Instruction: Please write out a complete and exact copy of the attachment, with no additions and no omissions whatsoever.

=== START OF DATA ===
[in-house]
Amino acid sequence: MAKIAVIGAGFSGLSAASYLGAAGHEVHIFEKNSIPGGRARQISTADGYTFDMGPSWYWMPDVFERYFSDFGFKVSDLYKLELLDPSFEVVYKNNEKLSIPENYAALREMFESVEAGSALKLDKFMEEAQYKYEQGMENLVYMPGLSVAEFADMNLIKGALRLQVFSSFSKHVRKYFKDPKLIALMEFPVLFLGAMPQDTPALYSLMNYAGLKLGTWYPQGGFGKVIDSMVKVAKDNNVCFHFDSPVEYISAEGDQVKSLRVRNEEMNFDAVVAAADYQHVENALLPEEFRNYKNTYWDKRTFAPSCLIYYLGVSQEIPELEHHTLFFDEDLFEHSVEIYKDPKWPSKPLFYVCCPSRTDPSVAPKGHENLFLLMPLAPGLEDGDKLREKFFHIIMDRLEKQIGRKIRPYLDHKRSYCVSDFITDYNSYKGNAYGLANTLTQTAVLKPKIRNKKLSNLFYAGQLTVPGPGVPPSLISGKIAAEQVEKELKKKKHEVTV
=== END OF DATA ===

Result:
[in-house]
Amino acid sequence: MAKIAVIGAGFSGLSAASYLGAAGHEVHIFEKNSIPGGRARQISTADGYTFDMGPSWYWMPDVFERYFSDFGFKVSDLYKLELLDPSFEVVYKNNEKLSIPENYAALREMFESVEAGSALKLDKFMEEAQYKYEQGMENLVYMPGLSVAEFADMNLIKGALRLQVFSSFSKHVRKYFKDPKLIALMEFPVLFLGAMPQDTPALYSLMNYAGLKLGTWYPQGGFGKVIDSMVKVAKDNNVCFHFDSPVEYISAEGDQVKSLRVRNEEMNFDAVVAAADYQHVENALLPEEFRNYKNTYWDKRTFAPSCLIYYLGVSQEIPELEHHTLFFDEDLFEHSVEIYKDPKWPSKPLFYVCCPSRTDPSVAPKGHENLFLLMPLAPGLEDGDKLREKFFHIIMDRLEKQIGRKIRPYLDHKRSYCVSDFITDYNSYKGNAYGLANTLTQTAVLKPKIRNKKLSNLFYAGQLTVPGPGVPPSLISGKIAAEQVEKELKKKKHEVTV